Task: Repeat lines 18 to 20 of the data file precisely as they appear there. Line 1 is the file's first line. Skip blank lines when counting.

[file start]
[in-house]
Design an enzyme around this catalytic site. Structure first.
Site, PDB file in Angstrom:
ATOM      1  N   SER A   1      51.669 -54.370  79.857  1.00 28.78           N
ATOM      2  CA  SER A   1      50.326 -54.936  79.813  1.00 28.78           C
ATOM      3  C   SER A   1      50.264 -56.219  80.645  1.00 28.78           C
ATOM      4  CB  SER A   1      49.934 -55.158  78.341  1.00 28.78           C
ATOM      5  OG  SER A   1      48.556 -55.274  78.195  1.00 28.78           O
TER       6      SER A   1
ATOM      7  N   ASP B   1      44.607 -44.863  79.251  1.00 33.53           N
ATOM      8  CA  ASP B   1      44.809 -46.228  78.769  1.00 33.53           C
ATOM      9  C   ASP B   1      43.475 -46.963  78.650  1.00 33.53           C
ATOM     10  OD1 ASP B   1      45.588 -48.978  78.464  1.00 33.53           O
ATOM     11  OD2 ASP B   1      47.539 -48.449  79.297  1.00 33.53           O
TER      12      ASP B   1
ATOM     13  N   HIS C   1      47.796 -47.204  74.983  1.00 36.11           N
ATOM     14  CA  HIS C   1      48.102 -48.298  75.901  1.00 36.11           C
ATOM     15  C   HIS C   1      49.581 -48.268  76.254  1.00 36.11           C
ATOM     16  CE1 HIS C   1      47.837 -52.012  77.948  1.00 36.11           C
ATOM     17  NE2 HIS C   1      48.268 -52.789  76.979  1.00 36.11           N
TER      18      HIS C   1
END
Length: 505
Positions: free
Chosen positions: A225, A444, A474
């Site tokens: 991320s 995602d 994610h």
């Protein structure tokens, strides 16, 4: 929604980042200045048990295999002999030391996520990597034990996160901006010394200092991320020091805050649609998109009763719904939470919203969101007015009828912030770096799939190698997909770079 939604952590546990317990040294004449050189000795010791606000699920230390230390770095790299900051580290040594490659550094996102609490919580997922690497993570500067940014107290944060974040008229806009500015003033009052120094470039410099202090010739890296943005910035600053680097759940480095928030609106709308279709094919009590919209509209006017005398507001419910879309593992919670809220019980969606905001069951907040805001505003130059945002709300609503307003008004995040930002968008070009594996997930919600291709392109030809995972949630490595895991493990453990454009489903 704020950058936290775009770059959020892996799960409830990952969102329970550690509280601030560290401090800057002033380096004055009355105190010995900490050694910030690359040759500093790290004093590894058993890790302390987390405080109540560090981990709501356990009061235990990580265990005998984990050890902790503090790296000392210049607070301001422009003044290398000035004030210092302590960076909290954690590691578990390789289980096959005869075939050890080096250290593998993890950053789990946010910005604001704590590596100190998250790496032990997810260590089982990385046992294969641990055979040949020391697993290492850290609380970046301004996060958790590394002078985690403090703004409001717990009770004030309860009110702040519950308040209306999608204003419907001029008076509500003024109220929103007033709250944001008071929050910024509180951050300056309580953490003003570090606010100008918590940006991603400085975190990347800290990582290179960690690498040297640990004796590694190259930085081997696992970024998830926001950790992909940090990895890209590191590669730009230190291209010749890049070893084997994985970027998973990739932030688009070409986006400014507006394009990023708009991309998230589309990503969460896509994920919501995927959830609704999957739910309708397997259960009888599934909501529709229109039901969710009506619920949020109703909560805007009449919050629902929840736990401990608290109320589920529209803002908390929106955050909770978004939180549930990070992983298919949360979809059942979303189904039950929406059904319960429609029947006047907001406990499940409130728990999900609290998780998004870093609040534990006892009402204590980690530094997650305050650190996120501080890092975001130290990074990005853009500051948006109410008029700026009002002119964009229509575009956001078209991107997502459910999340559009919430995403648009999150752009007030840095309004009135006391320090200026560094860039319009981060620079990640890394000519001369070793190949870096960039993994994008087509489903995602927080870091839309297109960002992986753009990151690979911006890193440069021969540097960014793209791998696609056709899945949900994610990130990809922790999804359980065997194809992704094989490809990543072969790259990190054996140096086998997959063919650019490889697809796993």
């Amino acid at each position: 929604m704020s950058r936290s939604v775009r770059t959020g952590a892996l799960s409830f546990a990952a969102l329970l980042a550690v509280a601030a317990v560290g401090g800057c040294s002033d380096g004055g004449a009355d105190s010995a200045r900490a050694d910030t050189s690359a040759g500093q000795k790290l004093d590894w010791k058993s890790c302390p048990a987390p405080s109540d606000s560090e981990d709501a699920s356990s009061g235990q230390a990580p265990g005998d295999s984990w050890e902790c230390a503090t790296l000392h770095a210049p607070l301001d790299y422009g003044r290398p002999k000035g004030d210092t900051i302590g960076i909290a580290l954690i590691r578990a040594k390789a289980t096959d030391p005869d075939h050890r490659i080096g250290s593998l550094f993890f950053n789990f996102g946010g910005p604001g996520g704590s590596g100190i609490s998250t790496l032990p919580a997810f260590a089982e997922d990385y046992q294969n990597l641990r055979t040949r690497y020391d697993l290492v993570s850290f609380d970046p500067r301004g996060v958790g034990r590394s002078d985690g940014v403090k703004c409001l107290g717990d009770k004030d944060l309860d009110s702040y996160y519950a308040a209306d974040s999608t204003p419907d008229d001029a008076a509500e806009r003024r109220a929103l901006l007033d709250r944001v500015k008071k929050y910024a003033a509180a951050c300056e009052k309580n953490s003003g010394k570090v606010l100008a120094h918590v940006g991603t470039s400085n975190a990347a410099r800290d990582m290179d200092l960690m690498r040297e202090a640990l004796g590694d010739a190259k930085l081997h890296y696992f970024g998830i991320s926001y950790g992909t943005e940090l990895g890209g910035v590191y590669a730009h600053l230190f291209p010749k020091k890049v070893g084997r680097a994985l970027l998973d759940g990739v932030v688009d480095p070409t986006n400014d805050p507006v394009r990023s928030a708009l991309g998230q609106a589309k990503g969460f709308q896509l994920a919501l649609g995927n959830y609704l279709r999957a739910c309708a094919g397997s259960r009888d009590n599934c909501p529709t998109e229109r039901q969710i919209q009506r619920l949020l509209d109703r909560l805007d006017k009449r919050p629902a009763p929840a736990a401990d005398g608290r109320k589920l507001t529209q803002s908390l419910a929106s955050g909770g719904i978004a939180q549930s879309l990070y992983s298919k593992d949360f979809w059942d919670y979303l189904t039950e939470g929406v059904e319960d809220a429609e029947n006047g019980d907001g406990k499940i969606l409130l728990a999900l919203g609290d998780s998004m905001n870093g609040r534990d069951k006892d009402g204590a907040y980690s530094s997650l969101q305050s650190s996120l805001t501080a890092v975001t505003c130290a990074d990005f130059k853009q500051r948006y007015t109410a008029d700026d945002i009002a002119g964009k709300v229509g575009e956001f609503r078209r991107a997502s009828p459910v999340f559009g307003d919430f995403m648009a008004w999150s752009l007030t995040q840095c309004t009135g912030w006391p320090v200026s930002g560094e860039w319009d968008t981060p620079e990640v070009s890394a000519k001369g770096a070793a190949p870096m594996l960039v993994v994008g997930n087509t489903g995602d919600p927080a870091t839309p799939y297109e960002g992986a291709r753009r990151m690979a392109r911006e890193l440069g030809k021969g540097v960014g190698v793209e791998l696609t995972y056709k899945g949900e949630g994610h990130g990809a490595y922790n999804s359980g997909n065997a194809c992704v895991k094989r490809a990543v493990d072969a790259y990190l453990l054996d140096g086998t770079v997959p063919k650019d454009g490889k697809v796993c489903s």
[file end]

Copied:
ATOM     15  C   HIS C   1      49.581 -48.268  76.254  1.00 36.11           C
ATOM     16  CE1 HIS C   1      47.837 -52.012  77.948  1.00 36.11           C
ATOM     17  NE2 HIS C   1      48.268 -52.789  76.979  1.00 36.11           N